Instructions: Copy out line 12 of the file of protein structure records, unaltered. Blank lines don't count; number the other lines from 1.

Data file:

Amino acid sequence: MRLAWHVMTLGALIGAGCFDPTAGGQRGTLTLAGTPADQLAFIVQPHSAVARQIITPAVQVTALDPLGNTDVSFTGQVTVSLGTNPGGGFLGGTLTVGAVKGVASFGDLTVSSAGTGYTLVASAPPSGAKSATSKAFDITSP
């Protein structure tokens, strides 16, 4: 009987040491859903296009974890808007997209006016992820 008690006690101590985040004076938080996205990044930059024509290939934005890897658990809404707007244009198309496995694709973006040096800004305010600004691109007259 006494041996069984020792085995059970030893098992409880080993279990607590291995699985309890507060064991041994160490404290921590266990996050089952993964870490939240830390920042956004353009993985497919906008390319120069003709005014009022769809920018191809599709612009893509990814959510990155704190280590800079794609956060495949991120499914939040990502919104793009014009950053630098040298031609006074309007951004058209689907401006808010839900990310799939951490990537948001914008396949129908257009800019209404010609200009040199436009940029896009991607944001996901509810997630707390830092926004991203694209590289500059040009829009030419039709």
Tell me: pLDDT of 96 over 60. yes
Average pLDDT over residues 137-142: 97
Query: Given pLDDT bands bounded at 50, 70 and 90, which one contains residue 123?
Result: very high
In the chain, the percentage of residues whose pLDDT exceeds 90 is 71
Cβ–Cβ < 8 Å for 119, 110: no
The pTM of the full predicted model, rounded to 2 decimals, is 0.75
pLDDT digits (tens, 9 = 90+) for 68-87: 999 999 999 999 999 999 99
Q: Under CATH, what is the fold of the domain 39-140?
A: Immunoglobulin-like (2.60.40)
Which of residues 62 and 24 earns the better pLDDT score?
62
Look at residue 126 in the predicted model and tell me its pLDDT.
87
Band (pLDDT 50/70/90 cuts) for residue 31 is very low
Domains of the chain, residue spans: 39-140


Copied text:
A: Immunoglobulin-like (2.60.40)